What were the main features of the Nazi Dictatorship of Germany?
The Enabling Law changed Germany from a Democracy into a Dictatorship where Hitler had total control. The Nazis ruled through control, persuasion and propaganda. <ul><li>The SS </li></ul><ul><li>The Gestapo </li></ul><ul><li>Persecution (Jews/Religion/Church) </li></ul><ul><li>Nazi Education </li></ul><ul><li>Women </li></ul><ul><li>Propaganda </li></ul>
1.The S.S Nazi Germany was a Police State. This meant that the powers of the Government were supreme. The Nazis used their powers not only to arrest criminals, but also those who disagreed with them or done something that they did not like. The organisation which enforced Law and order was the SS. It was originally Hitler’s private Bodyguard Unit as it played a major role in the removal of the SA in the Night of the Long Knives. Its powers were unlimited as they could search houses, confiscate property, arrest people without charging them etc. They were also in charge of the Concentration Camps where the special ‘Death Head Units’ controlled the killings of those people that the Nazis despised (Jews etc).
2.The Gestapo The Gestapo was a part of the SS which also had the power to arrest anyone it wanted. It mainly spied on people, read their mail and tapped their telephones. It encouraged people to report on their neighbours and their fellow workers. Children were even encouraged to spy on their parents. The Gestapo became the most feared organisation in Germany. The Police, SS and the Gestapo made sure that the Nazis remained in TOTAL CONTROL of Germany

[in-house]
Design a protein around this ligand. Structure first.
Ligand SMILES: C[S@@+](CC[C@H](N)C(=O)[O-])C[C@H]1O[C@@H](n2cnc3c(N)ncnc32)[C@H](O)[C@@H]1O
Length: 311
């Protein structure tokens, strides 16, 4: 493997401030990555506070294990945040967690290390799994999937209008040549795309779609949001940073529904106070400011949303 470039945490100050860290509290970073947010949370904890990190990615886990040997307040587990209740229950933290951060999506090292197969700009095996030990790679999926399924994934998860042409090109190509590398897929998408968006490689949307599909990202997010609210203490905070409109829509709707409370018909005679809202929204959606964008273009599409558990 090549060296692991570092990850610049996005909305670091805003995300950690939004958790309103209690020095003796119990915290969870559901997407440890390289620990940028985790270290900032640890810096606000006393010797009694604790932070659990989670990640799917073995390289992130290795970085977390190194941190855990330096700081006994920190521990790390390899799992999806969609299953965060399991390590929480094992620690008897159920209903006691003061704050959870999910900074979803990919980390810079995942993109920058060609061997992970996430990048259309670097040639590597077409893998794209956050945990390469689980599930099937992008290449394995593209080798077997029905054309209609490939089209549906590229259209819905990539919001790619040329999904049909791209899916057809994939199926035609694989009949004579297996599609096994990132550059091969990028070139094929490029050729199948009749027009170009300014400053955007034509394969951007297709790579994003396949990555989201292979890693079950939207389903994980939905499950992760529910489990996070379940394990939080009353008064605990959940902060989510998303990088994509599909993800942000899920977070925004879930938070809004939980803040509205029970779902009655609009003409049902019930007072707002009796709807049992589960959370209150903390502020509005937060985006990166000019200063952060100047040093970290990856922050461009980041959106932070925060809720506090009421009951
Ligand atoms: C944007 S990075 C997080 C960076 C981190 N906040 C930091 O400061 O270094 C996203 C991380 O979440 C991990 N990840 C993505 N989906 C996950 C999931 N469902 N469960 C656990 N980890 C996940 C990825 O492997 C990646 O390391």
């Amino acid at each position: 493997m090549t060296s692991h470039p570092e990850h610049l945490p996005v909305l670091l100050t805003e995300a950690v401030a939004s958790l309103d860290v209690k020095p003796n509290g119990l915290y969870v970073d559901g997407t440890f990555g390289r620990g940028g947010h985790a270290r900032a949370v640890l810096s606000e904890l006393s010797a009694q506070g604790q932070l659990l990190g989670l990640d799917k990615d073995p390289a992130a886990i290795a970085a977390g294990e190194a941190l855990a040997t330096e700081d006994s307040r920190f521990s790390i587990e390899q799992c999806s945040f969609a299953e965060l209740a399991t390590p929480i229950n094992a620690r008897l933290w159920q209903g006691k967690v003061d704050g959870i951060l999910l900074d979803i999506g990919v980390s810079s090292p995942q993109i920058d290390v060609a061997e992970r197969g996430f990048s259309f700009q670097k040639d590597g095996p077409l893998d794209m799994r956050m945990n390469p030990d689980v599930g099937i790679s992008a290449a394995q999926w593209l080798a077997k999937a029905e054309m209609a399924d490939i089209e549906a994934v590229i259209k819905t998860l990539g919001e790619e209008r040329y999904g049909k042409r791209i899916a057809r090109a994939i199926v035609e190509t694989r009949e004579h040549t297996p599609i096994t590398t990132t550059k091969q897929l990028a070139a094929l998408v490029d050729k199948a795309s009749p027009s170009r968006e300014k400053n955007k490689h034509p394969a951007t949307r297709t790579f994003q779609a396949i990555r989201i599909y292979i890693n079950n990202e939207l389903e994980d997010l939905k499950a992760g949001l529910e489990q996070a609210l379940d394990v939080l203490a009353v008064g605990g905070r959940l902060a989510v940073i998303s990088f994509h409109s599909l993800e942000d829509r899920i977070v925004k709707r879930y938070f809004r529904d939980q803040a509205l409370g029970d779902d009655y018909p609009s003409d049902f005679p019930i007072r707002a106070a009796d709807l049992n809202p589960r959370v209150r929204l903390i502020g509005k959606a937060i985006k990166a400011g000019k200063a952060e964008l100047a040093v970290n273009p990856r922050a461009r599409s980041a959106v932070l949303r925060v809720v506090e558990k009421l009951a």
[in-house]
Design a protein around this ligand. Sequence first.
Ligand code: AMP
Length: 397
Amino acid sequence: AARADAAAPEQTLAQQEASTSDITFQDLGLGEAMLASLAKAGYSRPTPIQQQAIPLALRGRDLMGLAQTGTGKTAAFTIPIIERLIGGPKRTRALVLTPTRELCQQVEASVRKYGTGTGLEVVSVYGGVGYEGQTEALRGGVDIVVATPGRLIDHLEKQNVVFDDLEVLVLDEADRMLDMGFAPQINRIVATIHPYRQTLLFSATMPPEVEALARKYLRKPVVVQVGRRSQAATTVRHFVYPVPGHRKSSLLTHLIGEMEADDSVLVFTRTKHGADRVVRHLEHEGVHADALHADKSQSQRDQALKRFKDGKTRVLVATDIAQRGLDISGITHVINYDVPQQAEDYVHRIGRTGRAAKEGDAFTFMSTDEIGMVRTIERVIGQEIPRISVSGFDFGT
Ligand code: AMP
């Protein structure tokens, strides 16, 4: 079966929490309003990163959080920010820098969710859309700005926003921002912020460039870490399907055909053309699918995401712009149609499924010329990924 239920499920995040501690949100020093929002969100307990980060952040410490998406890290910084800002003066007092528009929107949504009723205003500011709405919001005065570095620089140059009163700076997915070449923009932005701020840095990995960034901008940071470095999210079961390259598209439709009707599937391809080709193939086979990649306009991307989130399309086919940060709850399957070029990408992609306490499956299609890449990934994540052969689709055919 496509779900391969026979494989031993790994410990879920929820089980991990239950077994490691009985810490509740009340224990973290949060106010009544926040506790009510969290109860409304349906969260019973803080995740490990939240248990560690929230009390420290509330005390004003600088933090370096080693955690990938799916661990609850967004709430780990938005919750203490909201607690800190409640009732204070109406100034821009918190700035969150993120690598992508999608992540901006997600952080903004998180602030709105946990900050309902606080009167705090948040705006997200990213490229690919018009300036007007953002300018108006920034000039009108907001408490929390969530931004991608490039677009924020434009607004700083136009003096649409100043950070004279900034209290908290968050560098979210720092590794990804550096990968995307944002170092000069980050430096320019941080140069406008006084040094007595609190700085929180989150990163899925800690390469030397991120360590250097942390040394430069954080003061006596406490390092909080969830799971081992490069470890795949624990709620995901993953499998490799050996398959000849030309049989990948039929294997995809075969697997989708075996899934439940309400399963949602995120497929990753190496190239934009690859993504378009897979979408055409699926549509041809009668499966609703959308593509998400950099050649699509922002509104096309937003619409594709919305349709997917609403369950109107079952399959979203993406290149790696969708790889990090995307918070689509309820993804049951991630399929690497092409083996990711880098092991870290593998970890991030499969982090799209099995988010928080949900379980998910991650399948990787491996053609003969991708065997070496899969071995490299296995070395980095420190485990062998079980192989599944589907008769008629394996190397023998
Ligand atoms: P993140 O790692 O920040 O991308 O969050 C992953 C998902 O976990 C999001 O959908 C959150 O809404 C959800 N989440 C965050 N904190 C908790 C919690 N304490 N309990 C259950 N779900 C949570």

NAZI EDUCATION Teachers were instructed to teach children about Nazi ideas. Those who refused were simply sacked. Hitler wanted the Nazis to last for a thousand years. He believed he could only do this if he controlled the way Germans were educated. Biology lessons were used to explain Nazi ideas on race, making it clear that the German Aryan race was the ‘Master Race’. PE lessons were increased as Hitler wanted strong and healthy Germans for the future. (??War??) Teaching people to believe something is called INDOCTRINATION.
The Hitler Youth The Hitler Youth Movement was organised and run by members of the SS. Its aim was clear; to indoctrinate young people into accepting the ideas of Hitler and the Nazis. Also, they wanted to make sure that young people were loyal to Hitler. By 1935 it was compulsory to join as every child had to be a member of it. By 1939 eight million people were part of the Hitler Youth.
Women in Nazi Germany The Nazis encouraged women to stay at home and have children. They encouraged people to marry and newly weds were given payments of 1000 marks. Money was also issued to newly born babies. Special homes were set up for unmarried Mothers to allow unmarried women to become pregnant, often by ‘racially pure’ members of the SS. The birth rate increased throughout the 1930s. Women were also encouraged to stay at home and look after their husbands. They were even given advice on how to appear – no make up and hair arranged in a bun or plaits.
PROPAGANDA (Trying to persuade people to do or believe in something) CINEMA The Nazis made hundreds of films that carried Nazi messages. Anti-Jewish films were also made. Because Cinema was very popular, Nazi messages were very effective. RADIO Goebbels (the man in charge of Propaganda) used Radio to broadcast Hitler’s speeches and Nazi messages. Foreign radio stations were banned. NEWSPAPERS Goebbels made sure that newspapers printed favourable stories about the Nazis. Those that did not were closed down. POSTERS The Nazis produced thousands of posters that were designed to persuade people to think or believe in the Nazis RALLIES These were impressive gatherings of German people who went to listen to Hitler’s speeches